Published online: October 07, 2019
Several strategies have been investigated for achieving successful pulpal anesthesia during endodontic treatment of mandibular molars with symptomatic irreversible pulpitis. However, comprehensive evaluation and identification of the most efficacious and safe intervention are lacking. We aimed to determine this using network meta-analysis.
MEDLINE, Embase, Cochrane Central, CINAHL, and Scopus databases were searched. Study selection and data extraction were performed in duplicate. Eligible randomized controlled trials were meta-analyzed to estimate the treatment effects (odd ratios [ORs]; 95% credible interval (CrI) and surface under the cumulative ranking curve (SUCRA)]. CINeMA software (University of Bern, Bern, Switzerland) was used to assess the quality of results.
Thirty-seven interventions from 46 studies were identified. Compared with the common practice of an inferior alveolar nerve block with 2% lidocaine, a supplemental intraosseous injection was ranked the most efficacious with very low to moderate confidence (2% lidocaine + preoperative nonsteroidal anti-inflammatory drugs [NSAIDs] + acetaminophen [OR = 74; 95% CrI, 15–470; SUCRA = 97%], 2% lidocaine + preoperative NSAIDs [OR = 46; 95% CrI, 8–420; SUCRA = 94%], 2% lidocaine [OR = 33; 95% CrI, 14–80; SUCRA = 93%], 2% lidocaine + preoperative opioids + acetaminophen [OR = 20; 95% CrI, 4.4–98; SUCRA = 86%], and 4% articaine [OR = 20; 95% CrI, 6.3–96; SUCRA = 87%]) followed by supplemental buccal and lingual infiltrations using 4% articaine + preoperative NSAIDs (OR = 18; 95% CrI, 6–56; SUCRA = 86%; very low confidence). No major safety concerns were reported.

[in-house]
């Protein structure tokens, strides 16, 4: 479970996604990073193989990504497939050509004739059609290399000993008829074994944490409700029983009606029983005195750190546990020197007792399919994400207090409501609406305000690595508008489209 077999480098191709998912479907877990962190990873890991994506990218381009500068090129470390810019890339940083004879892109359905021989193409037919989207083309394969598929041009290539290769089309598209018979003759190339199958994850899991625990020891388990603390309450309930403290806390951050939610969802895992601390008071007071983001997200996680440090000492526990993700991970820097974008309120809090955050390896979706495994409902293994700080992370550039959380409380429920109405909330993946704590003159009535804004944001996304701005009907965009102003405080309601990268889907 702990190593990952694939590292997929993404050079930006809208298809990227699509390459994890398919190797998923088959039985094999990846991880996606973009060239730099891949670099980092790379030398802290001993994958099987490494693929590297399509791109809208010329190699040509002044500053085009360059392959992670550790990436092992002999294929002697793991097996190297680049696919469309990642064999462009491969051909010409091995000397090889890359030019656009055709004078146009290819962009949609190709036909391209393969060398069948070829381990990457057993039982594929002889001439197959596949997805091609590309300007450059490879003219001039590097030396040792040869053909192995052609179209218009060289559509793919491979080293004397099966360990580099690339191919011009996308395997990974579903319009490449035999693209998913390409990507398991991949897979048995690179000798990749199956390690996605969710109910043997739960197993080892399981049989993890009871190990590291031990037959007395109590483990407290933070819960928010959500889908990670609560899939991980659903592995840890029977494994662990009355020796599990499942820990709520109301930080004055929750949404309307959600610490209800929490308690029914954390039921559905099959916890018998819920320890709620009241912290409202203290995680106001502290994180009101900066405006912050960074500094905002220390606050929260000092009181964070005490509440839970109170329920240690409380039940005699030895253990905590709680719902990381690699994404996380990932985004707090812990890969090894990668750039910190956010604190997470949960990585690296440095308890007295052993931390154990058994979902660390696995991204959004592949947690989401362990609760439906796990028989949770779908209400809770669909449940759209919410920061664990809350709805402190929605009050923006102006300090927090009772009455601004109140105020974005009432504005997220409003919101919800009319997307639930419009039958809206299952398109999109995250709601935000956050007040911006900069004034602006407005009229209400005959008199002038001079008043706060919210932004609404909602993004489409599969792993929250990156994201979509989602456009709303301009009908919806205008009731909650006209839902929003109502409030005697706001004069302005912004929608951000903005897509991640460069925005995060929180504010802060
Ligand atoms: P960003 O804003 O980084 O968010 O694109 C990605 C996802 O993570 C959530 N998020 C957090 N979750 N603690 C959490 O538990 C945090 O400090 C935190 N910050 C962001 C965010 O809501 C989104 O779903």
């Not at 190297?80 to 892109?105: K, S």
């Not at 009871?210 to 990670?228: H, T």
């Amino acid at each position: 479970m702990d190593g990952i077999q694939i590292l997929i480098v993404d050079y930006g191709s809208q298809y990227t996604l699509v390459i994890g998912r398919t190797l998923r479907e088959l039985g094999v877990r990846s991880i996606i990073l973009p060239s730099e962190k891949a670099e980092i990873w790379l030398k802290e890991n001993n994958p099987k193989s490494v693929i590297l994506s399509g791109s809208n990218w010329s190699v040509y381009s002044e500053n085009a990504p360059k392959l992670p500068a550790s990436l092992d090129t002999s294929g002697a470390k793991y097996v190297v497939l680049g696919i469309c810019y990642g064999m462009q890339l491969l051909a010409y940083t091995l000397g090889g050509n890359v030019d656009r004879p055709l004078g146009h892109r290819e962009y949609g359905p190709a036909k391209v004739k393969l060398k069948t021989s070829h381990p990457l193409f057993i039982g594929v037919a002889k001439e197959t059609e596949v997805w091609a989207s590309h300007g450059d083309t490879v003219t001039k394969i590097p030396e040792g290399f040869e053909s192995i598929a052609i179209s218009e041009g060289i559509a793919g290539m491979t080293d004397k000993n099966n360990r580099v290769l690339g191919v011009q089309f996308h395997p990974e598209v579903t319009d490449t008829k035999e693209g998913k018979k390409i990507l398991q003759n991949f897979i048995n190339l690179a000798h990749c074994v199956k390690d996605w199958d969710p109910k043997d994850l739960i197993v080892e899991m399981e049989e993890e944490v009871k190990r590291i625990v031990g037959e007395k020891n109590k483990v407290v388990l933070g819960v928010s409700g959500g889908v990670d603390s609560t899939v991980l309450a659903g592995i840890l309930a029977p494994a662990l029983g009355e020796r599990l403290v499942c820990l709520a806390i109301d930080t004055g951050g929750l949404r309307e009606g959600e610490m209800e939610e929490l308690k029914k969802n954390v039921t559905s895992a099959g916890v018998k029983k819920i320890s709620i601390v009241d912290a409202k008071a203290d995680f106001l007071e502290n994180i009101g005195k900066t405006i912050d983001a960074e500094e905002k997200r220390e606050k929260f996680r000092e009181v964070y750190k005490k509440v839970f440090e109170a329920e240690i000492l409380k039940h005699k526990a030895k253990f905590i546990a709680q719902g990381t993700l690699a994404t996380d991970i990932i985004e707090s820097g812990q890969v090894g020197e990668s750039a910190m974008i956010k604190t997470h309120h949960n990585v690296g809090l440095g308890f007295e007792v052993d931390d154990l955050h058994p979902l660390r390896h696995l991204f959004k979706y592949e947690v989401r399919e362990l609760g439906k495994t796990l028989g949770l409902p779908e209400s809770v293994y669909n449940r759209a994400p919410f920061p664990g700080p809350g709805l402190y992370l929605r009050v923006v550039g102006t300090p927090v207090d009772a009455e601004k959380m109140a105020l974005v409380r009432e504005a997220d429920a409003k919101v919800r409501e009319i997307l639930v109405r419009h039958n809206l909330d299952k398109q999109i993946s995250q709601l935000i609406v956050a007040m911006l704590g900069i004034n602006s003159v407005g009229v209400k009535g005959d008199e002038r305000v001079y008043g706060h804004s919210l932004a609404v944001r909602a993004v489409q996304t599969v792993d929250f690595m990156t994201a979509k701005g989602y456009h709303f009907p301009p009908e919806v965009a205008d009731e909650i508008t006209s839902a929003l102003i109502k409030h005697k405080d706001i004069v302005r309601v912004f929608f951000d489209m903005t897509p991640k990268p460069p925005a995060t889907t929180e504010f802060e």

Very low- to moderate-quality evidence suggests intraosseous injection using 2% lidocaine with 1:100,000 epinephrine or 4% articaine with 1:100,000 epinephrine or buccal and lingual infiltrations of 4% articaine with 1:100,000 epinephrine are superior strategies to achieve pulpal anesthesia during endodontic treatment of mandibular molars with symptomatic irreversible pulpitis. Preoperative NSAIDs or opioids with or without acetaminophen may increase the efficacy of these injections.
\J. Appl. Oral Sci. vol.27 Bauru 2019 Epub Oct 07, 2019